This was a pay party for Henry’s SoHo Partnership which so successfully assists many of the homeless, down on their luck, in getting back up on their feet again. Lobster, chicken, corn on the cob. More than $125,000 was raised, with Sotheby’s Jamie Niven as auctioneer. Afterwards, everybody got up to the rock ’n’ roll to “just a little R-E-S-P-E-C-T,” and then it was off into that warm and balmy night …
… Where over yonder, about a mile west as the crow flies, Schenley heiress Elizabeth Rosenstiel Kabler had 80 or so in for a buffet. The hungriest poolsiders and beachcombers cleaned the mild-mannered hostess out of vodka and gin and devoured the poached salmon almost right down to licking even the biggest platters clean. All that fun in the sun builds an appetite.
And then, last but not least: In another part of the same dune-swept forest, a very, very rich, very much publicized young couple gave a little gala for their chicest, richest pals. The required garb, so stated on the invitation, was cross-dressing.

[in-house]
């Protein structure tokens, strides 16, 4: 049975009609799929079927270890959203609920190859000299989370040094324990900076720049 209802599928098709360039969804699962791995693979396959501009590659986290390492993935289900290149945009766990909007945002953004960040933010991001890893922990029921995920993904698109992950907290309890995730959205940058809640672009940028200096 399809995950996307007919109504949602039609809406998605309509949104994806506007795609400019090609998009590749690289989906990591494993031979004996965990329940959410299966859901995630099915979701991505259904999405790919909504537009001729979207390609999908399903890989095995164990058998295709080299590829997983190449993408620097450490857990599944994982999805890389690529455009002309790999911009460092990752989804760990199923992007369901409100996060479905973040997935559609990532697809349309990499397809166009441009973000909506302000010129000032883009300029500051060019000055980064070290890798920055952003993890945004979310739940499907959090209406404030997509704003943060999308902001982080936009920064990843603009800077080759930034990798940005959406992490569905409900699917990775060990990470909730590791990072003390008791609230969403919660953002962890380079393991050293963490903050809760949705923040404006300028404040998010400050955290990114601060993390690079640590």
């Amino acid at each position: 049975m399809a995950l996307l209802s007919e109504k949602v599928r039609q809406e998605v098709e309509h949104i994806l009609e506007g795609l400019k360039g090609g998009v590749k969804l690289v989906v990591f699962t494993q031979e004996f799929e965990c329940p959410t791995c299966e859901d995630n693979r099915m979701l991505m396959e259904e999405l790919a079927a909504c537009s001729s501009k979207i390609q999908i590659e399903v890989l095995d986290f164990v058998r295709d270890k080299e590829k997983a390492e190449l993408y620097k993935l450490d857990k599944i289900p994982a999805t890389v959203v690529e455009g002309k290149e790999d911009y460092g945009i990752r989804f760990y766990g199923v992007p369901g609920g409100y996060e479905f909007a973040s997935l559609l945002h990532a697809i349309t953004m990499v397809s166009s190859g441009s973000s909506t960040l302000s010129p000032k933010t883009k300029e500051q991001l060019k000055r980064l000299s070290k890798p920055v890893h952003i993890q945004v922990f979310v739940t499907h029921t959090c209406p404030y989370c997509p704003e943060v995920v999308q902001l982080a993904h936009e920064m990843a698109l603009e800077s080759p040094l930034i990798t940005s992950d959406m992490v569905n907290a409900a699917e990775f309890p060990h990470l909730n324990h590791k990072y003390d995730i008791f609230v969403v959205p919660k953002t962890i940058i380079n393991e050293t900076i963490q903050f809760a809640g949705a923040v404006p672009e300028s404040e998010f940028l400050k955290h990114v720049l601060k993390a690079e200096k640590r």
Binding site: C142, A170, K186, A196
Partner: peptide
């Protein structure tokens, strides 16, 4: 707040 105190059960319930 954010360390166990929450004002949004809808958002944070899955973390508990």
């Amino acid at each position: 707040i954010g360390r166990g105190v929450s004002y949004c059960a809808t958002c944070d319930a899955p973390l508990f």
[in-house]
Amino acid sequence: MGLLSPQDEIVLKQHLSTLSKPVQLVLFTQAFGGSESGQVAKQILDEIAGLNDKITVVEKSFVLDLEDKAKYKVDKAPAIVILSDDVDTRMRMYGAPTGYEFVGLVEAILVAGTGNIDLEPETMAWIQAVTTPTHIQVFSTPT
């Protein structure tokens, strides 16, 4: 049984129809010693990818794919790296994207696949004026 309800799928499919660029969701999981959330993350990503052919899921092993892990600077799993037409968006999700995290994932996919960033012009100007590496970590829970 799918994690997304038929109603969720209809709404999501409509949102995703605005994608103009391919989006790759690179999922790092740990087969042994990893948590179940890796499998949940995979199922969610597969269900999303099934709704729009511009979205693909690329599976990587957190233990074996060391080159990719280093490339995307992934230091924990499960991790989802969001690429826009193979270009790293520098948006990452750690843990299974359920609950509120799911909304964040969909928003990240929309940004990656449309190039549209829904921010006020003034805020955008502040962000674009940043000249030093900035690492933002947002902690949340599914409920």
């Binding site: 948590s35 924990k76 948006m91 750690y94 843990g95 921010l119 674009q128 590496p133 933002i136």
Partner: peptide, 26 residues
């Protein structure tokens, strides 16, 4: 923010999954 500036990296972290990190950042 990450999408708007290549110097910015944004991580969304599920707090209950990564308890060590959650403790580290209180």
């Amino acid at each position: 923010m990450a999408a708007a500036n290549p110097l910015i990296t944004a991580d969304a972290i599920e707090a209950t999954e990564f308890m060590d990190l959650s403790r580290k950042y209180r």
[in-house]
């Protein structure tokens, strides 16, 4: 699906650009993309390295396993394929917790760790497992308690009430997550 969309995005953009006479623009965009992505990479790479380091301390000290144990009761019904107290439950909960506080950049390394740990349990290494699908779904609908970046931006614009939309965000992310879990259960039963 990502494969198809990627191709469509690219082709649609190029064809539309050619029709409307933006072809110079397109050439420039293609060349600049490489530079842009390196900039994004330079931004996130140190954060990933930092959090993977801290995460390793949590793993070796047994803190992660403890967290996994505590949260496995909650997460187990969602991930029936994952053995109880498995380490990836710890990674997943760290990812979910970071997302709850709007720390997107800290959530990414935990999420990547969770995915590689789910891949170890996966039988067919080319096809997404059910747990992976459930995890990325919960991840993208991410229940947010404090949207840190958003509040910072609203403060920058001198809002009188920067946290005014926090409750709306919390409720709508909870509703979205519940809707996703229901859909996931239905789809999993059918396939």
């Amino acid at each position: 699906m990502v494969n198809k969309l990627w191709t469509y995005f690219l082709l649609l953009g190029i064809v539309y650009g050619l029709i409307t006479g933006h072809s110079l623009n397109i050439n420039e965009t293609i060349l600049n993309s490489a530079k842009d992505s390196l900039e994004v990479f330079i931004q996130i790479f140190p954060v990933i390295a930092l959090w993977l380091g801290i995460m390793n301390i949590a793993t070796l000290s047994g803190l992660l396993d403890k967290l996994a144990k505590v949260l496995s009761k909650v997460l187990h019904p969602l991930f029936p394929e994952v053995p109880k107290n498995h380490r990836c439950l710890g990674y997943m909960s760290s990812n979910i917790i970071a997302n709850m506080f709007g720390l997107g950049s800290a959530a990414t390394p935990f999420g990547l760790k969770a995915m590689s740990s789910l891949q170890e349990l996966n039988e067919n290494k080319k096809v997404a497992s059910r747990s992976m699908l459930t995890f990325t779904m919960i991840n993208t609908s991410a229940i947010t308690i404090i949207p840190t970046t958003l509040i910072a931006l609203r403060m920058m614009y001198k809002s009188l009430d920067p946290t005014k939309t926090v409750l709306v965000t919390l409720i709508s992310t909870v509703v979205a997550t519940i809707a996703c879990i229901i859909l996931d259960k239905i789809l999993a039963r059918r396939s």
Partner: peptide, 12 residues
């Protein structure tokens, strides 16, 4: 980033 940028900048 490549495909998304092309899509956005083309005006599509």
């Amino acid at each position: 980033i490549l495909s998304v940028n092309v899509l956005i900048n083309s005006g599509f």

Titterings and laughter accompanied the guys clicking in their stiletto heels … guys who were suddenly kvetching about the where’s-my-lipstick and aw-I-broke-a-nail sort of thing that ordinarily the girls are used to hearing amongst themselves.
Some thought the girls’ crossing-over looked, in the words of one of them, more like butch lesbians than men.
The guys were another story, most creative with their getups and makeup. Although one of the rouged and be-sparkled — and unshaven — micro-minied she-males turned up later that night at another party with his/her higher hemline too high to entirely hide evidence of his real gender. If you catch my drift.
The most beautiful of these one-night-only “he-babes” was said to be a young hunk, son of a fashion couple, who donned one of his mother’s famous dresses and a blonde wig to become the most luscious woman in the room as well as in Jet East nightclub, where he showed up later with some of the party — Willkommen, bienvenue, welcome … life is a cabaret.